In “Dong Pha tap ky” by To Thuc from the Tong dynasty of China, there existed a story about eternal youth. A monk who lived at Tinh Tu Temple in Tien Duong was more than 80 years old, yet his skin remained ruddy and his eyes were as good as a youthful man’s. Many people questioned him about his surprisingly good health and he calmly answered, “I have been eating ginger for more than 40 years, it makes me stay ageless.” He also said that ginger can help to strengthen the spleen, warm the kidneys, invigorate the blood and provide energy.
In winter, ginger tea is a favorite drink to keep warm, and it is an unexpectedly effective medicine that can both prevent and cure many diseases.
Ginger is originally from Southeast Asia and is widely used in cooking and medicine. It contains more than 40 substances including oil, fatty acids, vitamins and minerals.
Rich in nutrition and vitamins: Recommended for daily use. Ginger is a rich source of minerals such as iron, magnesium, manganese, phosphorus, potassium, selenium, zinc and calcium. Ginger also contains a generous amount of vitamins A, C, B1, B2, B3 and B6. Zinc helps prevent colds, while vitamins A and C, which are antioxidants, play important roles in fighting illness. The vitamin B in ginger helps strengthen the immune system and helps the body to adapt to strenuous situations.
Anti-nausea, motion sickness:
This is the most common use of ginger – anti-vomiting medicine. A cup of ginger tea also brings the same effect. Some researchers say that ginger powder helps relieve motion sickness, headache, dizziness, and nausea, with 90 per cent effectiveness that lasts up to four hours. Chew one or two slices of fresh ginger to safely reduce vomiting due to pregnancy, motion sickness, side effects of chemotherapy drugs or anesthesia in surgery. Ginger tea is especially effective in combating morning sickness for pregnant women. Adding ginger to your food helps you to absorb the food better and prevent flatulence and belching.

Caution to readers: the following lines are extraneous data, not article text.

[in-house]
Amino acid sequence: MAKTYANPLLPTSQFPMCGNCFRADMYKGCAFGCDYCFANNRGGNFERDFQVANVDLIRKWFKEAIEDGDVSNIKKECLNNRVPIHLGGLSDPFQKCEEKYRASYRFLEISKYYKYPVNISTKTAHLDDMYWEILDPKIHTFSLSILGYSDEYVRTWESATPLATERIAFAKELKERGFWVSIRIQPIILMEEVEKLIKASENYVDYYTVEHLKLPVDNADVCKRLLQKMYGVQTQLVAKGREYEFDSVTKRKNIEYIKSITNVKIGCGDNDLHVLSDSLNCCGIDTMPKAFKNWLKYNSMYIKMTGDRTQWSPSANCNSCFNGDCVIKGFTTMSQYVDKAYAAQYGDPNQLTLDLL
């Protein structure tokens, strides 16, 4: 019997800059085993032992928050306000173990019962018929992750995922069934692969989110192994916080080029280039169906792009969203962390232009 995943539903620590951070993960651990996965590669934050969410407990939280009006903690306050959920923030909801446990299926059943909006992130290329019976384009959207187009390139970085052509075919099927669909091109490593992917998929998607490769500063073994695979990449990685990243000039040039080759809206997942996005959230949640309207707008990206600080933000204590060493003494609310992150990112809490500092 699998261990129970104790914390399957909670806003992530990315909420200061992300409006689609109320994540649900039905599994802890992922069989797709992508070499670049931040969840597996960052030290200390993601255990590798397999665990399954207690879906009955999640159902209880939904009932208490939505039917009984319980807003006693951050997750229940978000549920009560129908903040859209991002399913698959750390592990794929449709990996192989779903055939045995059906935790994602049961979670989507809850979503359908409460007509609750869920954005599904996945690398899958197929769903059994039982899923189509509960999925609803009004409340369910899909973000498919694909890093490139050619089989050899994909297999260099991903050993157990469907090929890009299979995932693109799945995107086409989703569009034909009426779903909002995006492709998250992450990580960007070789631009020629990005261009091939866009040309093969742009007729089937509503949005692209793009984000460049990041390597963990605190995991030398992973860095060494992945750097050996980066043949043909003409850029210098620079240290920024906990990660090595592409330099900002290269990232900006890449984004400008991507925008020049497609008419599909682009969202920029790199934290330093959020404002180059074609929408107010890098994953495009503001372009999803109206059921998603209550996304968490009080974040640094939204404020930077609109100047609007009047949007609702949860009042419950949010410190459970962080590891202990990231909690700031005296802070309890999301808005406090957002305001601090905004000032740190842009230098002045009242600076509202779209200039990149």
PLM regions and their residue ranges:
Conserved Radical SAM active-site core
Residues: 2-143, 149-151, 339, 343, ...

In winter, ginger tea helps your body remain healthy. Drink two to four cups of tea made with fresh ginger daily to clear your sinuses and limit mucus. Ginger has an anti-virus and antibacterial effect on the respiratory tract and drinking the tea can help cure persistent mouth ulcers.
Put one slice of fresh ginger (4-6g) in your mouth, occasionally chewing it to release the bitter liquid. Do this on frosty days before going out, before bathing, or while working in a chilly environment. If you have acquired a cold, ginger tea can help discharge toxins through body sweat.
Thanks to the cineole in ginger, people can relieve stress and migraines and have a healthy, refreshing sleep. Ginger also eases dental pain and discomfort caused by bacterial infection.
Reducing cholesterol in blood:
Recent research shows that ginger effectively reduces cholesterol in blood, helping to prevent heart disease and hypertension. Many people mistakenly think drinking ginger tea will cause hypertension. That is not the case. It has been proven to boost blood pressure for people with hypotension, and prevent and lower blood pressure for patients with hypertension.